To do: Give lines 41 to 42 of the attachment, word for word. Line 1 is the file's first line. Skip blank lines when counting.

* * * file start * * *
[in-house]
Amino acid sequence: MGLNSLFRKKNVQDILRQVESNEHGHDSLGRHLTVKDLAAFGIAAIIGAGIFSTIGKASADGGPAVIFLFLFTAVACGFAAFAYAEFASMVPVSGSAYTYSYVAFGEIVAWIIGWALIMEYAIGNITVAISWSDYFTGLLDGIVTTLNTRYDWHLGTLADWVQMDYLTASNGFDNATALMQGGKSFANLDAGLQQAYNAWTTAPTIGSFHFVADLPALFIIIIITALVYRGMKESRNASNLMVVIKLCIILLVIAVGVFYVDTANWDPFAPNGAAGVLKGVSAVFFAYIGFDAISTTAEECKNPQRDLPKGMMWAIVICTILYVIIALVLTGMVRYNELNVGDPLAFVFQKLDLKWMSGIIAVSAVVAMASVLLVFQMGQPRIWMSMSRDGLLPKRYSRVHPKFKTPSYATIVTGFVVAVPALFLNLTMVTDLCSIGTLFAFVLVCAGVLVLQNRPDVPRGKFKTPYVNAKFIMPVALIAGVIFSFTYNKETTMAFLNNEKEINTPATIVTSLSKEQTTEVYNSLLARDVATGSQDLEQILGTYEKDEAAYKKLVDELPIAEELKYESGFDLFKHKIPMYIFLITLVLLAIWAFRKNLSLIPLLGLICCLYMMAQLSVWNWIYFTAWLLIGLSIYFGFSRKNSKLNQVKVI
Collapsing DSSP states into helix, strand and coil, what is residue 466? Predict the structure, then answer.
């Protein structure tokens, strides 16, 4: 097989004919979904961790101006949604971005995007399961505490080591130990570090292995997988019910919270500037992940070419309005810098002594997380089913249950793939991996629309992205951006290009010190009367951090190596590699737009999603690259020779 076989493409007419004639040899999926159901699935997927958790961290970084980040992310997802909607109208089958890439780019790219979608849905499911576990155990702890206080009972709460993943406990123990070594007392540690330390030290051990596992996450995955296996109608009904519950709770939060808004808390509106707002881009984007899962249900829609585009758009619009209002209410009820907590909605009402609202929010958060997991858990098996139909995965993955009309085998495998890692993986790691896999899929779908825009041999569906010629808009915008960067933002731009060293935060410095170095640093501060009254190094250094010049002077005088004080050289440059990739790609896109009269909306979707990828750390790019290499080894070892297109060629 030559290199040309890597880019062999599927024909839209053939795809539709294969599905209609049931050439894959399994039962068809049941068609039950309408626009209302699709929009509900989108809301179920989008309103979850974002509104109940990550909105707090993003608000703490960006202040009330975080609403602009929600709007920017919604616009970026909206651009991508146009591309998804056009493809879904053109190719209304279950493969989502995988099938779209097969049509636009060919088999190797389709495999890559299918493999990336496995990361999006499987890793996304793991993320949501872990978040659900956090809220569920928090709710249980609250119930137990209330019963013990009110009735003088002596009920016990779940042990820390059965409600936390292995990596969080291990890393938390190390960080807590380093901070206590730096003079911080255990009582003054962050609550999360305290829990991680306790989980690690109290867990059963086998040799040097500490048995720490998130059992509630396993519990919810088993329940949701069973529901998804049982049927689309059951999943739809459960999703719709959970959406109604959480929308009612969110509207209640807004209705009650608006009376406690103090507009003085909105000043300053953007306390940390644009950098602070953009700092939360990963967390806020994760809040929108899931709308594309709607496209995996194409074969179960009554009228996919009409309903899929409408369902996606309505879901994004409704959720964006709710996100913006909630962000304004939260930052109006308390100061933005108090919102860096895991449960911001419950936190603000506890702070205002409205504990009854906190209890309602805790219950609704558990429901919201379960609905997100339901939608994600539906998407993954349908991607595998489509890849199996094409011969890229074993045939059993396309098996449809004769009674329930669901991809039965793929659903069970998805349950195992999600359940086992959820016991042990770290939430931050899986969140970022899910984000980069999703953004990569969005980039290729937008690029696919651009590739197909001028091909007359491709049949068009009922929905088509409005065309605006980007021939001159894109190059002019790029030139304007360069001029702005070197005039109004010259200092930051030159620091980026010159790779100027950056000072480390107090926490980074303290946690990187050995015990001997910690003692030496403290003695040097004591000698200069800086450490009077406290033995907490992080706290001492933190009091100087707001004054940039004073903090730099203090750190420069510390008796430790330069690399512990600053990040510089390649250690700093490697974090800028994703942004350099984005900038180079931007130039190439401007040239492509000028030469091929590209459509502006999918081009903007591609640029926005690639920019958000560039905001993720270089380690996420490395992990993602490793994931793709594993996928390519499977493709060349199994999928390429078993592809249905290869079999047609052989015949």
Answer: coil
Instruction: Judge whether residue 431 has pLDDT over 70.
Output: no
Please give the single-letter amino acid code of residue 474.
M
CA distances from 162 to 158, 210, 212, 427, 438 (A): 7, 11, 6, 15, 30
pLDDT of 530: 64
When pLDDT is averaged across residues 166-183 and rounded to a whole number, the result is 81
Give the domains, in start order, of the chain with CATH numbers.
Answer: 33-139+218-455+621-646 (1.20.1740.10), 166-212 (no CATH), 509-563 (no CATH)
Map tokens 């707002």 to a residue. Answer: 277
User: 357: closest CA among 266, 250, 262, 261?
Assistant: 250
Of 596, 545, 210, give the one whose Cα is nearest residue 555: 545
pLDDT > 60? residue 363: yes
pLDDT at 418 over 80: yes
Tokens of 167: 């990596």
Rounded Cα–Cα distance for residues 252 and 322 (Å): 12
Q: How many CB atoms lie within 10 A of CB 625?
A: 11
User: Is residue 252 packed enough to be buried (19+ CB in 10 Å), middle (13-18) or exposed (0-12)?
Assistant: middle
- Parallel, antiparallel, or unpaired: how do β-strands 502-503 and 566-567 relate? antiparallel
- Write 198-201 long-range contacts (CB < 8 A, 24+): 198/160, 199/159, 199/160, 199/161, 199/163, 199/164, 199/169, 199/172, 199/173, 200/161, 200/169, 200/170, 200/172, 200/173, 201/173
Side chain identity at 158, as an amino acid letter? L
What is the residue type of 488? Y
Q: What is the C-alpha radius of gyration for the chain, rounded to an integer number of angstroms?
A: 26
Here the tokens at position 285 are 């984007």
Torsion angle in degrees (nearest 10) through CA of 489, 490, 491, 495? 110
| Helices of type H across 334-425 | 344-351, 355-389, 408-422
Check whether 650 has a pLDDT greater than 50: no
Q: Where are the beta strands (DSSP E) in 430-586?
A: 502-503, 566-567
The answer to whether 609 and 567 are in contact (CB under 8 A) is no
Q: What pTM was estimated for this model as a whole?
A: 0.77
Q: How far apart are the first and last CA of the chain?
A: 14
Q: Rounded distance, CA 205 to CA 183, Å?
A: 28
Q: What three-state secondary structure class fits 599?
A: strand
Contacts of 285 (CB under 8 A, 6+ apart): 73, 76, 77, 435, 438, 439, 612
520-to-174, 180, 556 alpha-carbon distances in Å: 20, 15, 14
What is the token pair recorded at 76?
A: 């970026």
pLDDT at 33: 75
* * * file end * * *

A: 0.77
Q: How far apart are the first and last CA of the chain?